Commercial Drones PilotsDrone owners face drink-fly ban

October 2, 2021by helo-10

Drone owners face alcohol limits similar to drink-driving restrictions in an attempt to stop the aircraft causing havoc in airspace.

The Government is consulting on blood and breath alcohol thresholds as part of a revamp of flight laws designed to encourage technologies such as aerial taxis.

A consultation paper last week proposed that the limit for amateur pilots would be set at 29 milligrammes of alcohol per 100 millilitres of blood or 13 micrograms per 100 millilitres of breath.

This would be more than twice as strict as the existing alcohol limit for driving on the road, which is set at 80 milligrammes for blood and 35 micrograms for breath.

The proposed limits would mean that the average adult male in the UK, weighing 13 stone and five pounds, would be over the limit for piloting a drone after one pint of beer with a 5pc alcohol volume.

Stricter limits would be enforced for so-called “specific category” flights, licensed by the Civil Aviation Authority, such as flying drones for wedding photography or building inspections, and for “certified category” operations such as piloting aerial vehicles that carry passengers.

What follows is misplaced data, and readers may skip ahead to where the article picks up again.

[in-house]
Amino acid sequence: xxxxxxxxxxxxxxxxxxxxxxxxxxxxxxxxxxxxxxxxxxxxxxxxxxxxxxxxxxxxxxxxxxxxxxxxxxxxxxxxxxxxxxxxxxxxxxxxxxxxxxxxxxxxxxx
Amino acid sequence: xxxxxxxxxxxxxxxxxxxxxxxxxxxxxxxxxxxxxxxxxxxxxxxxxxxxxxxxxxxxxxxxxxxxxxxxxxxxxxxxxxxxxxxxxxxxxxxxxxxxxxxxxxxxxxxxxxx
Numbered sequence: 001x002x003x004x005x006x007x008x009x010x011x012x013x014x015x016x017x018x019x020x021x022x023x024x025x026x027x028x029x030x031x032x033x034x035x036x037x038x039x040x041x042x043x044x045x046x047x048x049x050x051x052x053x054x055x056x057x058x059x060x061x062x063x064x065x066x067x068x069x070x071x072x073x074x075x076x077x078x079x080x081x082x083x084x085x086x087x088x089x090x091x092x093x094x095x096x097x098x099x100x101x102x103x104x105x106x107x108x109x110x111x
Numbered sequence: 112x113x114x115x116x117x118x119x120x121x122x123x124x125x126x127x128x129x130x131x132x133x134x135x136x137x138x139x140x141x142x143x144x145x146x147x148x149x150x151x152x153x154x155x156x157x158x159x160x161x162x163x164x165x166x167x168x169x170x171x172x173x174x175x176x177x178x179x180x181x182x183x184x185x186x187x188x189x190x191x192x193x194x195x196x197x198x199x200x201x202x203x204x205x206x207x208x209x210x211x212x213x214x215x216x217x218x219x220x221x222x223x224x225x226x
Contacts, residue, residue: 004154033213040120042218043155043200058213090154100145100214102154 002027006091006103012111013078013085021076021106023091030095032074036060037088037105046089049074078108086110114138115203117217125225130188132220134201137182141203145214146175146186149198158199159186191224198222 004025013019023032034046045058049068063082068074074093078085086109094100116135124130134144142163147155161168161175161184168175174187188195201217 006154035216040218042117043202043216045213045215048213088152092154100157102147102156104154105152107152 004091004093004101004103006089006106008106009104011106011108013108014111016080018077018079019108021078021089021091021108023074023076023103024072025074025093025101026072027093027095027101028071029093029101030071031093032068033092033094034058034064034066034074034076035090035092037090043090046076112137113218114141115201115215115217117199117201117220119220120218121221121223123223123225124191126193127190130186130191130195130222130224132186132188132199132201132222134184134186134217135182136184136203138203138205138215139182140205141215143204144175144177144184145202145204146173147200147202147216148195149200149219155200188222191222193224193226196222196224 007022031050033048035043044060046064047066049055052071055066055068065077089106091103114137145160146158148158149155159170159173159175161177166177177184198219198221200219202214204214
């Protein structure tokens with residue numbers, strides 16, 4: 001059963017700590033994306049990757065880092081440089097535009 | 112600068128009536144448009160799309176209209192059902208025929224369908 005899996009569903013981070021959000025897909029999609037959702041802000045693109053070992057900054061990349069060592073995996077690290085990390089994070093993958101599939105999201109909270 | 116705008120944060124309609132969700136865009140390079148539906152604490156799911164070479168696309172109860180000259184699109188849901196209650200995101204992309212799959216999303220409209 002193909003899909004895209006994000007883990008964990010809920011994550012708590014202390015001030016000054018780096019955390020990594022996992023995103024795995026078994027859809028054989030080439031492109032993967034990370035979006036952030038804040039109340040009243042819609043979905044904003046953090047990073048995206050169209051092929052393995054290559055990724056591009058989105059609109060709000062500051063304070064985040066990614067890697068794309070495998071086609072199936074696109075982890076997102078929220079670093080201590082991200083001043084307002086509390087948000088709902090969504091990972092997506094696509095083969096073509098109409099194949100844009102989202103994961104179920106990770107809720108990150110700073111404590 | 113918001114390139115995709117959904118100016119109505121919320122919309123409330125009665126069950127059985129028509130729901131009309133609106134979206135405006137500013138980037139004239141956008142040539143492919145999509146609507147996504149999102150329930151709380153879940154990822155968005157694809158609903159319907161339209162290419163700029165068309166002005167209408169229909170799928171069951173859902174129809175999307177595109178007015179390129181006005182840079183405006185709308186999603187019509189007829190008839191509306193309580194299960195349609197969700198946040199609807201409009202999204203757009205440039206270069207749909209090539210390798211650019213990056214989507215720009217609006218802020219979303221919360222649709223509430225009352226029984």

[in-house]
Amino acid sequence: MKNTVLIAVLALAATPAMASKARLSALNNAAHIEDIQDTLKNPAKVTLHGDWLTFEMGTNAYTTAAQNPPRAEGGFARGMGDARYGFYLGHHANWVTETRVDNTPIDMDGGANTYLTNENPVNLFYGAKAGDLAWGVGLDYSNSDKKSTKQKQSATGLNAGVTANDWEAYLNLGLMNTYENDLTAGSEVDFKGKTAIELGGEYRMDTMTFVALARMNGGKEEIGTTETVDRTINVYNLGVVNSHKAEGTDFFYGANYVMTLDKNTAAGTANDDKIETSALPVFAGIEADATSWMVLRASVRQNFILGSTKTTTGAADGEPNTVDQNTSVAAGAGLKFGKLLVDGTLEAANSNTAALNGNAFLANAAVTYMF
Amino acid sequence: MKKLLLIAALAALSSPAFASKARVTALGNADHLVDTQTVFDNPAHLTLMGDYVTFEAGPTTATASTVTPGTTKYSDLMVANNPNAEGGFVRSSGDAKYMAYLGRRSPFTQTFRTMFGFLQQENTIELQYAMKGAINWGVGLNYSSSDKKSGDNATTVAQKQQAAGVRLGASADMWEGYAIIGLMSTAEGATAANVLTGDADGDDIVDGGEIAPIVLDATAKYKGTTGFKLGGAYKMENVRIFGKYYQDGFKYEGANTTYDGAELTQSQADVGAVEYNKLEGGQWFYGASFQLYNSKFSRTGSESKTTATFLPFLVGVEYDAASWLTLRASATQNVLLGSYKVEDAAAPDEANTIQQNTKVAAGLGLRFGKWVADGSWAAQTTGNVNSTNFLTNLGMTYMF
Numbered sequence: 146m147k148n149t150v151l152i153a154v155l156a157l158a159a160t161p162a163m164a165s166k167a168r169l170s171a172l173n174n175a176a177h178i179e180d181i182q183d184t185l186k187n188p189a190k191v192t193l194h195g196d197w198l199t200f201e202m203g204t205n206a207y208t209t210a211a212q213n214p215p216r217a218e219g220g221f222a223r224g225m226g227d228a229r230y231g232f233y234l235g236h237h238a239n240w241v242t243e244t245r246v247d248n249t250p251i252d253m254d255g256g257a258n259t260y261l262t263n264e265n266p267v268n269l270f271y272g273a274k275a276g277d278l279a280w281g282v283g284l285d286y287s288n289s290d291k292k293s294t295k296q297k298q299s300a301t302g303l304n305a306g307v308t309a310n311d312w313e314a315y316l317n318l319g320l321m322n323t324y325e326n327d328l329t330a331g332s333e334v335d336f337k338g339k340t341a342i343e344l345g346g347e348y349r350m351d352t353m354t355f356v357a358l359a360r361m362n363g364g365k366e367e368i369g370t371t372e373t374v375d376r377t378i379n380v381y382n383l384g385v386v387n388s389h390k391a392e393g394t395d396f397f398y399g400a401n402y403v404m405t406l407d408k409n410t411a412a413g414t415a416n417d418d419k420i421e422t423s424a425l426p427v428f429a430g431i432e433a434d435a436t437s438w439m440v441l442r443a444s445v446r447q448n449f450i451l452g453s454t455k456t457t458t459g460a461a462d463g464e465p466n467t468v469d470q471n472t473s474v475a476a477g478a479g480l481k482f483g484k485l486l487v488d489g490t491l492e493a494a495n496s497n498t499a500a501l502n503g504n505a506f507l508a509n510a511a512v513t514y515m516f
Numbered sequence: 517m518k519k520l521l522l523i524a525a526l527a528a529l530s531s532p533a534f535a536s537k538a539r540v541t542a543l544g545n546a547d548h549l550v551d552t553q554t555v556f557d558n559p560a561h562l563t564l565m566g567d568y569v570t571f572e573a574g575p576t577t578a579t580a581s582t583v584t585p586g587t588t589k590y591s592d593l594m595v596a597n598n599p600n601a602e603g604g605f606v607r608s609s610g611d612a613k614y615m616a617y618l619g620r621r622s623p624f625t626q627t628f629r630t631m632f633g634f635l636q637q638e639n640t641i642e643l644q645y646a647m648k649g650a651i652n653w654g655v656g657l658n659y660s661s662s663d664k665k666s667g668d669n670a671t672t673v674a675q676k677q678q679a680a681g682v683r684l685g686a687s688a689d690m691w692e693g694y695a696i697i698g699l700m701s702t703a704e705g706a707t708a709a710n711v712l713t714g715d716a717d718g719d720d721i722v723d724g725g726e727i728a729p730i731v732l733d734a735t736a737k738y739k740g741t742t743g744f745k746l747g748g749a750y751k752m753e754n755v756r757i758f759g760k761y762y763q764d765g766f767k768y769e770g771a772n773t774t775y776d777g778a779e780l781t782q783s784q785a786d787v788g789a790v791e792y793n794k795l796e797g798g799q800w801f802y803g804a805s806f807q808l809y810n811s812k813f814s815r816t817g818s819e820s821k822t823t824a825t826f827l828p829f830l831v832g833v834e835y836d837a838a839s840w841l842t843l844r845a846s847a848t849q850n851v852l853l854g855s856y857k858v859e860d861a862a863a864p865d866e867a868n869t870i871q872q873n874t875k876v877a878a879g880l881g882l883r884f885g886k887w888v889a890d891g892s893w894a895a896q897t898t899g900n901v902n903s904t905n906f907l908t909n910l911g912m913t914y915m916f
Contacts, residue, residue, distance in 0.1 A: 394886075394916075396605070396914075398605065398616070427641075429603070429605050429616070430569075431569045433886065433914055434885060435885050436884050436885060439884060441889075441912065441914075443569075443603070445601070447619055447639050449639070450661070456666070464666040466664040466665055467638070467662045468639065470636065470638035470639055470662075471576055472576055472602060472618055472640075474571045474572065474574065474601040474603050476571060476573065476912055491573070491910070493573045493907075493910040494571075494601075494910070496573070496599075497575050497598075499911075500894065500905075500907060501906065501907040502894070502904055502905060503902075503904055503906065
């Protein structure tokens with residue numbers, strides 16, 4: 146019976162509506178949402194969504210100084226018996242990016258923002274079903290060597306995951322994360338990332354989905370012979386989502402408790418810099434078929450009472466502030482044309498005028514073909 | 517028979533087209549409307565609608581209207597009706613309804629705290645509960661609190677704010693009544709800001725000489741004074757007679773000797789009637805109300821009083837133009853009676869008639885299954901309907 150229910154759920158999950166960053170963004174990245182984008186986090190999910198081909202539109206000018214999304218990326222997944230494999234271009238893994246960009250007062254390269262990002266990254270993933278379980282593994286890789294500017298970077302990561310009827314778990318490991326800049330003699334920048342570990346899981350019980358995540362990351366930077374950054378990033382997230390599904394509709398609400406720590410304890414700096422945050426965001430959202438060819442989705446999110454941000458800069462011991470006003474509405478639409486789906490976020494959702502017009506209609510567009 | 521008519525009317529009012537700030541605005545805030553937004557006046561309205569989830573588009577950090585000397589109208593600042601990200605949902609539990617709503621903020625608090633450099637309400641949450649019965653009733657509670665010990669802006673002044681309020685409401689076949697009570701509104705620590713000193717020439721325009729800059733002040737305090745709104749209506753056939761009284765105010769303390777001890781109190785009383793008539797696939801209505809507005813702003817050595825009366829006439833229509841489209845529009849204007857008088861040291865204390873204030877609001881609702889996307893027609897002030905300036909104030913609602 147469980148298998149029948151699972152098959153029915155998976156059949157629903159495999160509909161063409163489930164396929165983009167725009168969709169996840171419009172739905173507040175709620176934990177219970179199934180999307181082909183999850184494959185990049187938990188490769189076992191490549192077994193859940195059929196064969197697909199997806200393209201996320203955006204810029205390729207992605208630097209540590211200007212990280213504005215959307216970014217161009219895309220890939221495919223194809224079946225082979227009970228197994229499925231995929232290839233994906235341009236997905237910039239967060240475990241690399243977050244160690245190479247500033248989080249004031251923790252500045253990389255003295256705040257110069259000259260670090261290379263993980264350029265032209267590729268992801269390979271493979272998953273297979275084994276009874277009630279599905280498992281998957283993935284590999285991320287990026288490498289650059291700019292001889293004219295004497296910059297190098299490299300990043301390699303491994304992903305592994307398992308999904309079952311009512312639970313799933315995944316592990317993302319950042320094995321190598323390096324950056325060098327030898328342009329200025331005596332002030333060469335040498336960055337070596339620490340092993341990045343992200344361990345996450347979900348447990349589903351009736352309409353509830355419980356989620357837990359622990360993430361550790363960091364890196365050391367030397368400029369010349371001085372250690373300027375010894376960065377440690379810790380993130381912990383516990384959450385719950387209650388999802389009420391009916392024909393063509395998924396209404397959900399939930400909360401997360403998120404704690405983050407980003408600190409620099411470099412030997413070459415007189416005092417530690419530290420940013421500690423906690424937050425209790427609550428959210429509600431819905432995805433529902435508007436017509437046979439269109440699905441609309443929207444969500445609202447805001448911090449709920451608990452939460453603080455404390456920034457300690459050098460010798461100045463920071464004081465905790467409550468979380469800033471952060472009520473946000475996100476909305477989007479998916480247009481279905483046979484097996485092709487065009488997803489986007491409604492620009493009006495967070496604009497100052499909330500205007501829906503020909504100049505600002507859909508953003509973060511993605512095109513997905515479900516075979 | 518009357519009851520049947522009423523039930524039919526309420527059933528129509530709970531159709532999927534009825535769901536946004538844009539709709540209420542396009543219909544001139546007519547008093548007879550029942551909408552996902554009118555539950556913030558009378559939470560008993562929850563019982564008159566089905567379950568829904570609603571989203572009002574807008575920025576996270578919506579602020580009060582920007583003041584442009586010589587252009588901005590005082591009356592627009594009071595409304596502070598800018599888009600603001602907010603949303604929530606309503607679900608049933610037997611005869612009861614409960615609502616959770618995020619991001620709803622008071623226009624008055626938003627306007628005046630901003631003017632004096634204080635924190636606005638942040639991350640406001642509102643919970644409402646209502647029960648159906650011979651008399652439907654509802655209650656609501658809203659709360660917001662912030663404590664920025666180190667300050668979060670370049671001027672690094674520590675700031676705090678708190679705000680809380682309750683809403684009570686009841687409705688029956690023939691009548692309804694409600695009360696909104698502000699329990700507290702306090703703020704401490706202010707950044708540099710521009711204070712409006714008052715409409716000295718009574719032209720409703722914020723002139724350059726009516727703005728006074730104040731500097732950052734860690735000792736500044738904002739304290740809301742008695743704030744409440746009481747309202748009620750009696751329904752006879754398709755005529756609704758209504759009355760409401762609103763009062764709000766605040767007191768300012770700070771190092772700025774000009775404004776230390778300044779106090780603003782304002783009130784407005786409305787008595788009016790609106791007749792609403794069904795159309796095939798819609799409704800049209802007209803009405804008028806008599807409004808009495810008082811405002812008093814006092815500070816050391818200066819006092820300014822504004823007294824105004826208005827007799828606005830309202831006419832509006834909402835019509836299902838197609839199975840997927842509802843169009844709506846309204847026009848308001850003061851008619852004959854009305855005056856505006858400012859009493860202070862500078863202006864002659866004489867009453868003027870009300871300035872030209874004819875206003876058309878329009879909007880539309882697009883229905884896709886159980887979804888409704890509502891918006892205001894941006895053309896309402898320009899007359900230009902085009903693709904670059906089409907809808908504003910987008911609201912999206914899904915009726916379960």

In these cases, the blood alcohol limit would be set at 20 milligrammes, the same level that currently applies to aeroplane pilots.

In a consultation paper, the Department for Transport said it was planning strict limits because of the potential havoc such flights can cause.

“The limits that we are proposing for all three categories are relatively low as unmanned aircraft have the potential to cause substantial harm to those on the ground or to other forms of aviation, regardless of the category of operation in which the flight occurs,” it said.

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There is more to being a drone pilot than just buying a machine and flying in your backyard. It can be that simple, but most of us will need to understand some drone laws before we try to take to the sky.


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